Those who see the Labour Party as just a career path (90% of its MPs and employees) really don’t care what it stands for as long as it gets into power. Power means money. Ask Tony Blair.

I do hope Corbyn hangs on. Even if he does lose the general election (by no means a given) he can provide an invaluable service by reawakening the notion that democracy should present the voters with a real choice, not just a change of troughing promoting the same ideology.


398 thoughts on “Multiple Crises in Democracy

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  • James

    Lets follow Norway !
    Well, here’s the (current) figures….

    The U.K.’s contribution to the EU 18 billion
    It receives a rebate of 5 billion
    And was paid 4.5 billion in EU funding, from EU coffers.
    So the UK’s NET contribution, paid by the UK to the EU was 8.5 billion.

    What do Norway pay ?

    338 Million. EEA and Norway Grants Scheme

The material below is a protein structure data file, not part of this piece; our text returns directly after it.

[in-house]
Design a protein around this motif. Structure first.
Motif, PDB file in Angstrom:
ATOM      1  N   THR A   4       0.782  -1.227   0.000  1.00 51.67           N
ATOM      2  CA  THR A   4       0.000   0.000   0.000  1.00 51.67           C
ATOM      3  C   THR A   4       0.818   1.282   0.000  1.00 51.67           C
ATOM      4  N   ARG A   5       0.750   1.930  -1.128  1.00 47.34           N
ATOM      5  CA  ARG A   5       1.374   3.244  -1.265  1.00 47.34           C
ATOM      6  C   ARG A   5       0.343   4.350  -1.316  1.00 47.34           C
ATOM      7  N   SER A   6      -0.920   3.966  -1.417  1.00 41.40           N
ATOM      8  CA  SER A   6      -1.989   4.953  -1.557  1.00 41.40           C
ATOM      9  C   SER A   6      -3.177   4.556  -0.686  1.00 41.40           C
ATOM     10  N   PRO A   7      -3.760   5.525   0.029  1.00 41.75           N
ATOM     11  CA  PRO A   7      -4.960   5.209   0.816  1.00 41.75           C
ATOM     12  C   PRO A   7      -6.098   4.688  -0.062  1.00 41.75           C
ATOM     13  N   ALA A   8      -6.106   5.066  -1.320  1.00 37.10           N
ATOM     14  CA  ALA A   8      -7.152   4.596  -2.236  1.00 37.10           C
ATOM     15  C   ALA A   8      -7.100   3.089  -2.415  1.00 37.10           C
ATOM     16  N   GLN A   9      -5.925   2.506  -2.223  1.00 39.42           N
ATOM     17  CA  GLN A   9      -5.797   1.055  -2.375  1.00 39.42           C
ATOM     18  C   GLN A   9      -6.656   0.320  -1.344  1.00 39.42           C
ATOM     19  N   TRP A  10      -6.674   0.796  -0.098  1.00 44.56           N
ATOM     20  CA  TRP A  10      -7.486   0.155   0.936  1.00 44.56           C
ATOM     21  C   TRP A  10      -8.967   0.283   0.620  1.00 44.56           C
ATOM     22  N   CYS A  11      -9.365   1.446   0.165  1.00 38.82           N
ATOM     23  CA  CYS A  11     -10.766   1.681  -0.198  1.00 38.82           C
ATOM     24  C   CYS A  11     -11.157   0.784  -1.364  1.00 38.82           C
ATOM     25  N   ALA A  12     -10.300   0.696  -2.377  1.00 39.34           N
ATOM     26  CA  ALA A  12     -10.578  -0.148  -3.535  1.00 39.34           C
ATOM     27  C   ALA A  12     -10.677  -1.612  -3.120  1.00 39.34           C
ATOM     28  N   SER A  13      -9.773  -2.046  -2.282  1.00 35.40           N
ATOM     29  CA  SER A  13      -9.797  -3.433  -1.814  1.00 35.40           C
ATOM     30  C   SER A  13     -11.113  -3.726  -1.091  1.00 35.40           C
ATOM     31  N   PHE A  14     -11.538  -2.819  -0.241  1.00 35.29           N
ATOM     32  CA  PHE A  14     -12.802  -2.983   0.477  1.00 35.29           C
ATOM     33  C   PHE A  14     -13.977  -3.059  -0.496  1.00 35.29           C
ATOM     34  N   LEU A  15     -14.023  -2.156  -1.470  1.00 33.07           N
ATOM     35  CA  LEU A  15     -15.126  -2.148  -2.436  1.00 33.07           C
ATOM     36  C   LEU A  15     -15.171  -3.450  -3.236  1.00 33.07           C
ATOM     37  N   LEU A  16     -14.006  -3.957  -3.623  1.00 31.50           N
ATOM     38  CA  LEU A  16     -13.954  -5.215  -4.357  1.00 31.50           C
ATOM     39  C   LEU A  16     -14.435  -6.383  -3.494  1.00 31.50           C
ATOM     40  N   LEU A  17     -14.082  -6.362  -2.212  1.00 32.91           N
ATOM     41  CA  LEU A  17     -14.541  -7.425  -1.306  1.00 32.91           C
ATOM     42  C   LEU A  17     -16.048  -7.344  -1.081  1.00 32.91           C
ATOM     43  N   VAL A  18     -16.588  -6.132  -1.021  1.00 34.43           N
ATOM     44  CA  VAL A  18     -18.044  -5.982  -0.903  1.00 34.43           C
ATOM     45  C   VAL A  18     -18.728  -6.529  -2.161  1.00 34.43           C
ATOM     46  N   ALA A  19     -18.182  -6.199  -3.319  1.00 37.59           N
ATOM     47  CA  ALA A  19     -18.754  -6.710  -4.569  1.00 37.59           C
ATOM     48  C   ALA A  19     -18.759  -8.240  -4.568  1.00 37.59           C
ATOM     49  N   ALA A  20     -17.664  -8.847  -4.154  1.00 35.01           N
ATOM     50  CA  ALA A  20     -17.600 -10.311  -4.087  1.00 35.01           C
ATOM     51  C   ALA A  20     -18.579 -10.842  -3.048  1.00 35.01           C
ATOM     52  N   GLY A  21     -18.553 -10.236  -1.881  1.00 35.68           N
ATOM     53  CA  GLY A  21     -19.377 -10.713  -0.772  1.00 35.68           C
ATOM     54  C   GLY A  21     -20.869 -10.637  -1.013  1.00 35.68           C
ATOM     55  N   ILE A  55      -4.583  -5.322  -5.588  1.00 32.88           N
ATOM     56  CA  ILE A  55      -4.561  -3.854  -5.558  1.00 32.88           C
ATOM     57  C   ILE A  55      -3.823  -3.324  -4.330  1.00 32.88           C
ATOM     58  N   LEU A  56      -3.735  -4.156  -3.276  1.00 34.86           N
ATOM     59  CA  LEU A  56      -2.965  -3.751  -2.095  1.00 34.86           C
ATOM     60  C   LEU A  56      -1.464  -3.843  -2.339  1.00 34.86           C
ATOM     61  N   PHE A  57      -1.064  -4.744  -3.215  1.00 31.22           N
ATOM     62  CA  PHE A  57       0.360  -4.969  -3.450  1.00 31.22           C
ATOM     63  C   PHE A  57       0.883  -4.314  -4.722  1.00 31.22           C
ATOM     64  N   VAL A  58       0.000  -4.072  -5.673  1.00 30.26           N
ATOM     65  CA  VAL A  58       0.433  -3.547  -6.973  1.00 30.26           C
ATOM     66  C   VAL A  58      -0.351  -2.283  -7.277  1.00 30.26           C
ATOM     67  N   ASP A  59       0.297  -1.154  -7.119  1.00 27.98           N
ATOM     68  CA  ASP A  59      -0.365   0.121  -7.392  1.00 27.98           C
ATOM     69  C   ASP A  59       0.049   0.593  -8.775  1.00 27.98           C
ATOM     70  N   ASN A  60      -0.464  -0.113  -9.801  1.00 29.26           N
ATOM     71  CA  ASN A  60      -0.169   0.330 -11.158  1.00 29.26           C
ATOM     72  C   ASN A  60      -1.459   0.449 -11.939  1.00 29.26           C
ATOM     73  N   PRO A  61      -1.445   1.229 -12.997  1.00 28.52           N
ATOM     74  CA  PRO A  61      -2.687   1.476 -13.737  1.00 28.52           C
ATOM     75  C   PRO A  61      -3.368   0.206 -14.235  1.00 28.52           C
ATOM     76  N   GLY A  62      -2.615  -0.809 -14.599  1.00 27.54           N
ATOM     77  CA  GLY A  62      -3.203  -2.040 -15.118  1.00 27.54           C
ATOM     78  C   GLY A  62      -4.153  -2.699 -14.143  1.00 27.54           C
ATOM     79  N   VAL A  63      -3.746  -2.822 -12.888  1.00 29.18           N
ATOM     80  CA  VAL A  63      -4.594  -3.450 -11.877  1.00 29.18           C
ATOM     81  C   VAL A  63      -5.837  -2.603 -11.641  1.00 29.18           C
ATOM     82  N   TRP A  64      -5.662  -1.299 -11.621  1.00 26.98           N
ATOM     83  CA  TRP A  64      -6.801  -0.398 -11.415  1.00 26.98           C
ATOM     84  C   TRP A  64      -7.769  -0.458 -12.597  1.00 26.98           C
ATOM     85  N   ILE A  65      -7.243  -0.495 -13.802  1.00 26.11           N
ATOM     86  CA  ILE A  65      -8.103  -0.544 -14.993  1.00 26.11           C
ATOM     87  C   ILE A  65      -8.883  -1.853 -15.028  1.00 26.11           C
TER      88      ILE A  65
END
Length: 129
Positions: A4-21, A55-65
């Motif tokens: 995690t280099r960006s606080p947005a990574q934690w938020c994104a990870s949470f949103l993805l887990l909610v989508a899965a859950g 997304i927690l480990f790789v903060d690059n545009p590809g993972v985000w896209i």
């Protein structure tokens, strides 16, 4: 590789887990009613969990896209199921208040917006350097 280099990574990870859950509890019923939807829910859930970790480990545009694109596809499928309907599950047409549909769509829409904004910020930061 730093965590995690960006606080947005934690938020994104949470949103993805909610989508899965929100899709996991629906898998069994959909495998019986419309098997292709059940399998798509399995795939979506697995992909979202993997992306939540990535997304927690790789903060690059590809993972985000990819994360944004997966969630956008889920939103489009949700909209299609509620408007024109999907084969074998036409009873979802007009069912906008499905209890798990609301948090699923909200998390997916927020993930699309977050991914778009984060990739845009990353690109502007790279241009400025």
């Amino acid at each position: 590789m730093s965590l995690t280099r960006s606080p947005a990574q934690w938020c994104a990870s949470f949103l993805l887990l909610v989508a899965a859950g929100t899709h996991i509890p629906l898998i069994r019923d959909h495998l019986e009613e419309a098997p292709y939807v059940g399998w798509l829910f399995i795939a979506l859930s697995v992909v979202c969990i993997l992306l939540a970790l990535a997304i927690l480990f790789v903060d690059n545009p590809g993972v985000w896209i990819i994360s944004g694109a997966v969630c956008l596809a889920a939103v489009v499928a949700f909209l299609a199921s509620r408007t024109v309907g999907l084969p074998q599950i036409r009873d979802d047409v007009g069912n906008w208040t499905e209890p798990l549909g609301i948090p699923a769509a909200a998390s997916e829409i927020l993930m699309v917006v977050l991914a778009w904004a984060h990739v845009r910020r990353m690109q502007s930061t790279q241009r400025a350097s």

447 Million EEA Projects (Horizon 2000, Erasmus+, Galileo, Copernicus….and so forth)
    25 Million Euros for programmes under the European Territorial Cooperation (INTERREG)
    6 Million Cooperation with EU in the field of Justice and Home Affairs

    896 Million in total…to the EU.

    The population of Norway is 5 million people.
    The population of the UK is 64 million people.
    A “factor of 12.8

    So….
    12.8 x 896 million euros = 11,468,800,000 million euros !

    To “replicate” Norway, the UK will need to “invest” in the EU a figure of 11.4 billion
    ….we paid 8.5 billion previously.

    Boris…your master plan is brilliant. As long as no one EVER picks up a calculator

  • James

    ….and what do Norway get ?

    Free trade of goods and services in the EU.